A great day yesterday. Had a fun interview with a newspaper reporter—he’d obviously thought a lot about organic gardening and farming and how earthworms relate to that, so we had an interesting conversation about worldwide food production and soil fertility and all kinds of wide-ranging topics.
Then I was off to Book Passage and man, what a place to read. I mean, I’ve always loved hanging out there as a customer, but they really give authors the royal treatment. They wouldn’t let Scott and I pay for our lunches in the café, I got a really nice, thoughtful introduction before my talk, and afterwards, the staff gave me what turns out to be the traditional gift for authors who read at Book Passage: notecards embossed with my name.
I feel so unworthy.
I mean, T.C. Boyle, one of my favorite authors, has these notecards.
And now I know where he got them. I got mine from the same place.
Oh, and by the way, the talk went just fine, too. There were probably 30 people or so, many of them part of the Master Composter program in Marin. I’ll probably see some of them again on Saturday at the Marin Art & Garden Center, where I’m going to do more of a straightforward worm composting workshop.
After Corte Madera, we headed to Berkeley. I stopped at the two Cody’s locations to sign stock. While I was on Telegraph, I went into Moe’s and they had a couple copies in their new book section. I took them up to the counter, explained that I was out on my book tour, and the woman behind the counter said, “Do you have the worms with you?”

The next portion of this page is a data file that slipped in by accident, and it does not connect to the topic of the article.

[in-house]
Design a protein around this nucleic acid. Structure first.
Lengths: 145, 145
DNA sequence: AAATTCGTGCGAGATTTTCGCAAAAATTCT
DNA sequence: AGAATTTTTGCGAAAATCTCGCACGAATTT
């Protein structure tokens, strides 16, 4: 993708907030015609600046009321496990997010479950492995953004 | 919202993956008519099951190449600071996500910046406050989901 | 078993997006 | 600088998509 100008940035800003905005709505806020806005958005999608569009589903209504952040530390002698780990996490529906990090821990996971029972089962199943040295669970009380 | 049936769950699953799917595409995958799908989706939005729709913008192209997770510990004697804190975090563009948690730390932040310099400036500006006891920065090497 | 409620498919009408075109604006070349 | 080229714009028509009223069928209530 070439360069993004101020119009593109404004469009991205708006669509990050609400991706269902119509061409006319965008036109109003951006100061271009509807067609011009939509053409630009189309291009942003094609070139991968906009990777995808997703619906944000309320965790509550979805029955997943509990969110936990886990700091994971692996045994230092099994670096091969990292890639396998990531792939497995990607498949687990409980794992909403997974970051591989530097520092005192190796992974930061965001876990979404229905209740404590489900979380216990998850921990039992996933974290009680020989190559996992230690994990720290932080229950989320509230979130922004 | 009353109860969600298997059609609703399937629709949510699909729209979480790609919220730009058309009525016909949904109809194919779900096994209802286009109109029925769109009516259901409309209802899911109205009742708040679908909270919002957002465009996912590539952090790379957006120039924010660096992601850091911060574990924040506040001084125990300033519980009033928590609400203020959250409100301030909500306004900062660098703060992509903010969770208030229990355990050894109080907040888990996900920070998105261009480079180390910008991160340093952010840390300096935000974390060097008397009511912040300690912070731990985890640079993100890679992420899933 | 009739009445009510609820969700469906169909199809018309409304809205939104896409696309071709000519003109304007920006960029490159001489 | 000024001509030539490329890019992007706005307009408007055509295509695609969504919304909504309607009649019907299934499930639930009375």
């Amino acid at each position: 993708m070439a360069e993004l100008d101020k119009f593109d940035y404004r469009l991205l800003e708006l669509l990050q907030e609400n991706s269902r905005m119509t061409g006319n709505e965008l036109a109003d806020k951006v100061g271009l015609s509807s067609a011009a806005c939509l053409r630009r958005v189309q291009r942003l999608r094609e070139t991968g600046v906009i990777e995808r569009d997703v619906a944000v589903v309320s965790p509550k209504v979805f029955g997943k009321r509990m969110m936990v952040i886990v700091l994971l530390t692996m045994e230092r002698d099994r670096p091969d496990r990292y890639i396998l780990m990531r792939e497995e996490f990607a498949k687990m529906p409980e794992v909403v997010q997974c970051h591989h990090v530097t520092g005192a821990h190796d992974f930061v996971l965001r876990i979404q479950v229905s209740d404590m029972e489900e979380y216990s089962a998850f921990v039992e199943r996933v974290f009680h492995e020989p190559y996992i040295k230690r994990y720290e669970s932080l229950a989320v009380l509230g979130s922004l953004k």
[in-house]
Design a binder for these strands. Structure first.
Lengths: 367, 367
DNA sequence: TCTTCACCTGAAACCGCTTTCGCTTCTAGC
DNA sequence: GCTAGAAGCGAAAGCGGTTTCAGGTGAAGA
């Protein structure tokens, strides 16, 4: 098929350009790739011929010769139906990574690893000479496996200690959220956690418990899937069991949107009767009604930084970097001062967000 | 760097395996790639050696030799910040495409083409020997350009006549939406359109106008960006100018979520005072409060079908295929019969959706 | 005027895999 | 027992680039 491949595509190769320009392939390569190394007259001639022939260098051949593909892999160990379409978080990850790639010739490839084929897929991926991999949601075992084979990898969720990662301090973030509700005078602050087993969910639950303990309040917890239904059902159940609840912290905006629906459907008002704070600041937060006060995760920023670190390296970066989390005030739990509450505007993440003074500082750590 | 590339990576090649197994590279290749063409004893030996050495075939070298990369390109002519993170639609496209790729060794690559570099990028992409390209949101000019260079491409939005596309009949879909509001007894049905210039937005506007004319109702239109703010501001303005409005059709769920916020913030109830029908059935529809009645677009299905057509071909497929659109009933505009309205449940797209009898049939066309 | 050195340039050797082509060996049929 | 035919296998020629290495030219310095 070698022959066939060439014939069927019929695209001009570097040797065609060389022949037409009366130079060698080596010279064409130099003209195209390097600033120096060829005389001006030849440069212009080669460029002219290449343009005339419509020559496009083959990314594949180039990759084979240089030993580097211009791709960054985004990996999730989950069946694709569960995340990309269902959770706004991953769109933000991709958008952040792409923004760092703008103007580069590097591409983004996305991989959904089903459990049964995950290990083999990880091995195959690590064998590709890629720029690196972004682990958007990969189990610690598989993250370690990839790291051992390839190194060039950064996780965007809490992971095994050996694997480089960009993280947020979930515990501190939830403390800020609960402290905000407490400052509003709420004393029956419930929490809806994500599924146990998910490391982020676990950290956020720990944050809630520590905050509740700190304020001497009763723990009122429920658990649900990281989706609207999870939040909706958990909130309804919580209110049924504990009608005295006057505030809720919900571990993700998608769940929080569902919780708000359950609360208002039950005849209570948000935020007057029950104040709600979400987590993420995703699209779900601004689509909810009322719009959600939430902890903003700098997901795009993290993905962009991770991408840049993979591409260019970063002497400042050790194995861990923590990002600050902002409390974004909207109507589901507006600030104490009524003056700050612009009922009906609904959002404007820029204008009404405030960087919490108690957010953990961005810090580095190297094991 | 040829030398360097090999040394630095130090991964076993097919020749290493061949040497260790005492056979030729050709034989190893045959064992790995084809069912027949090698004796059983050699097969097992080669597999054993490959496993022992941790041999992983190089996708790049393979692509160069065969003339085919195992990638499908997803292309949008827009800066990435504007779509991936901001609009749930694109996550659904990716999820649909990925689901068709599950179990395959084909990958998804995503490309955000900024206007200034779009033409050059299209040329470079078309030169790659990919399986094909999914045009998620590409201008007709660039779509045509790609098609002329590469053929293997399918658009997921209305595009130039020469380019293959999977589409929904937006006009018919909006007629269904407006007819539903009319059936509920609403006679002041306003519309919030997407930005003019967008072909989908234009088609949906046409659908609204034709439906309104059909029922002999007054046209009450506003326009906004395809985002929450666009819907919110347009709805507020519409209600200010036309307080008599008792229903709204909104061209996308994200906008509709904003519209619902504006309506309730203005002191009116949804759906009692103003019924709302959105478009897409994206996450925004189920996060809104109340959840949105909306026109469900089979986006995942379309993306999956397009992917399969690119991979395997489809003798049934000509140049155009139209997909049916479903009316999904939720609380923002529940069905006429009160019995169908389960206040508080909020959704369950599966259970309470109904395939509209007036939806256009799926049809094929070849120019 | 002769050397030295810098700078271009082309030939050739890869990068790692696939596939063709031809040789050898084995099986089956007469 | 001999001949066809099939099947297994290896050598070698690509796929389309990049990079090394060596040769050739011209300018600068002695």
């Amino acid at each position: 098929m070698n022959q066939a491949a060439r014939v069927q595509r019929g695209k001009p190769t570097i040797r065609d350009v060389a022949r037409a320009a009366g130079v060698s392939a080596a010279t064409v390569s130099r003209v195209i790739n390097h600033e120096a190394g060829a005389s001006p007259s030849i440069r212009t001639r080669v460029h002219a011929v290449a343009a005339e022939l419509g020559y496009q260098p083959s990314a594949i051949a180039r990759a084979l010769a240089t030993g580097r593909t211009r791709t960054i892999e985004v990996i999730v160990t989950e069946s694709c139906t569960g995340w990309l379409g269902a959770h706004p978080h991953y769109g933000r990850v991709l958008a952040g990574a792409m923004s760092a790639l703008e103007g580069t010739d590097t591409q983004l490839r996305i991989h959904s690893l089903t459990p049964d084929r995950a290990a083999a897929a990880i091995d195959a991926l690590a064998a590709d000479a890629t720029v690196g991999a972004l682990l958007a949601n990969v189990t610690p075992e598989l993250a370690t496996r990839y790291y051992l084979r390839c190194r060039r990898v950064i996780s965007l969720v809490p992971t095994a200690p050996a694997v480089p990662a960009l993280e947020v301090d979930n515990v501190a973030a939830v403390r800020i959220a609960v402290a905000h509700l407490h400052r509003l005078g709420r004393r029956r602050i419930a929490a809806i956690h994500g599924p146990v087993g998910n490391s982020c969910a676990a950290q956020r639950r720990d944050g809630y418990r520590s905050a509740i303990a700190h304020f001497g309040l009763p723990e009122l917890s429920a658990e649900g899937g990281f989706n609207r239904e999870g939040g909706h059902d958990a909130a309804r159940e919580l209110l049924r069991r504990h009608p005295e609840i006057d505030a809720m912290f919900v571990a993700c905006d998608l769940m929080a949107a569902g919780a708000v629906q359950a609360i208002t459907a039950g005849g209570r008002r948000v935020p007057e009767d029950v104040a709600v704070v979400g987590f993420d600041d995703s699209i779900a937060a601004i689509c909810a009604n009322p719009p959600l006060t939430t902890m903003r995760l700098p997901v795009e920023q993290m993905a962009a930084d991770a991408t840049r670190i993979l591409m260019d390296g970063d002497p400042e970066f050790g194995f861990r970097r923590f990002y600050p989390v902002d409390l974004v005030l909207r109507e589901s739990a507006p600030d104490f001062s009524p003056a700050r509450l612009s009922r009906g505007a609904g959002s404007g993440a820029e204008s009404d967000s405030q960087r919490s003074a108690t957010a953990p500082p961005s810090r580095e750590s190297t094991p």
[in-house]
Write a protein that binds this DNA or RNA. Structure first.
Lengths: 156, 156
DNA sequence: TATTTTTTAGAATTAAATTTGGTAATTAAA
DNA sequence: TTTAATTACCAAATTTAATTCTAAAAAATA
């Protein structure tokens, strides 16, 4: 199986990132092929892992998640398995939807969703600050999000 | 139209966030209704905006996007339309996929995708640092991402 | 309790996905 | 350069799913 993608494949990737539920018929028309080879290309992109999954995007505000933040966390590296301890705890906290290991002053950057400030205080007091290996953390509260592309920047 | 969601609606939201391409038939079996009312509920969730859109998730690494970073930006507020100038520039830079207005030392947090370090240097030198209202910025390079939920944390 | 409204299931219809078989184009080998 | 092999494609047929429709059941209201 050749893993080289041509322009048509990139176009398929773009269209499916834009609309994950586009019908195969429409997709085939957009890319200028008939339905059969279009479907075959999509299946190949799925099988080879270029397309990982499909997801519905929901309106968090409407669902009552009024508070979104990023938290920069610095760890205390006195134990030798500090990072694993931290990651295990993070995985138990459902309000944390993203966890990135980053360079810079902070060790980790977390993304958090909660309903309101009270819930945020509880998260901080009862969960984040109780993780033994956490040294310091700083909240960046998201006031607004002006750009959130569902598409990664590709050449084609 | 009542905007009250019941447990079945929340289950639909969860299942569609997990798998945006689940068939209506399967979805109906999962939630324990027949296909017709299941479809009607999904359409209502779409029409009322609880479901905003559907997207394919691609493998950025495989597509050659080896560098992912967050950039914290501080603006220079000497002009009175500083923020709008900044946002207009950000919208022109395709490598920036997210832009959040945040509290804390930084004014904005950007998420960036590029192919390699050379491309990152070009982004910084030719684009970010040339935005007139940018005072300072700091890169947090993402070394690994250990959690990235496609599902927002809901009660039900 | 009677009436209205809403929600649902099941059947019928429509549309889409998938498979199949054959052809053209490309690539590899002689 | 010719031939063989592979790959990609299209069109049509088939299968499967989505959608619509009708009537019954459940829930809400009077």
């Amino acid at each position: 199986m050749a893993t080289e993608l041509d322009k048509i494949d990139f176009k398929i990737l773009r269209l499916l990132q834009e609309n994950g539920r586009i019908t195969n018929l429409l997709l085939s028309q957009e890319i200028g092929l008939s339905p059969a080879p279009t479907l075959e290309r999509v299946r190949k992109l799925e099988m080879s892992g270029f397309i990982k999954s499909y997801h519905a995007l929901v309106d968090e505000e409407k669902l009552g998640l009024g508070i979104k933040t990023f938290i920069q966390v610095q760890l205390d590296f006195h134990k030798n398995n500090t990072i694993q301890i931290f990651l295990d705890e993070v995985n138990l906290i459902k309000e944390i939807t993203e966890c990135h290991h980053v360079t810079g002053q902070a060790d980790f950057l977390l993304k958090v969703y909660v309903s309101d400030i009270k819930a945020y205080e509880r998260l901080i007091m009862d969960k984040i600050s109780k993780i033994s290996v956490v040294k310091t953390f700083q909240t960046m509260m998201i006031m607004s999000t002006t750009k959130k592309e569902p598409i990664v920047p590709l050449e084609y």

“Sure,” I said.
“No, I mean with you, right now.”
“Yeah, they’re right here in my bag,” I said.
“Oh, we’ll need to see them,” she said, so I pulled out the red wigglers, showed them off to the staff, and, having seen the proof, they let me sign books.
The workshop at Berkeley Ecology Center went well, too. I was warned that lots of people would wander in late, and that at least one person was certain to arrive just before the end of the workshop. Sure enough, there were only 5 or 6 people there when I started talking at 7:00, but by 7:30 there were probably 20 or 25 people in the audience. And as promised, a woman walked in at 8:15, just before the end of the workshop.
This Berkeley audience was probably the most sophisticated I’ve encountered yet. Many of them were already composting with worms, a few had taught worm composting workshops, they knew lots of obscure worm facts, and had very pointed and thoughtful questions. (if you feed worms dryer lint, what about the synthetic fibers in your laundry? Is it OK to feed worms horse manure if the horses have been given de-worming pills? What species of worms should I expect to find in the native plant creek restoration I’m working on?)
Whew! OK, Berkeley, I’ll check on all that and get back to you. People always ask me if I’m going to write a sequel (The Earth Kept On Moving? The Earth Moved Some More?) and if I keep getting questions like these, I may need to do one after all!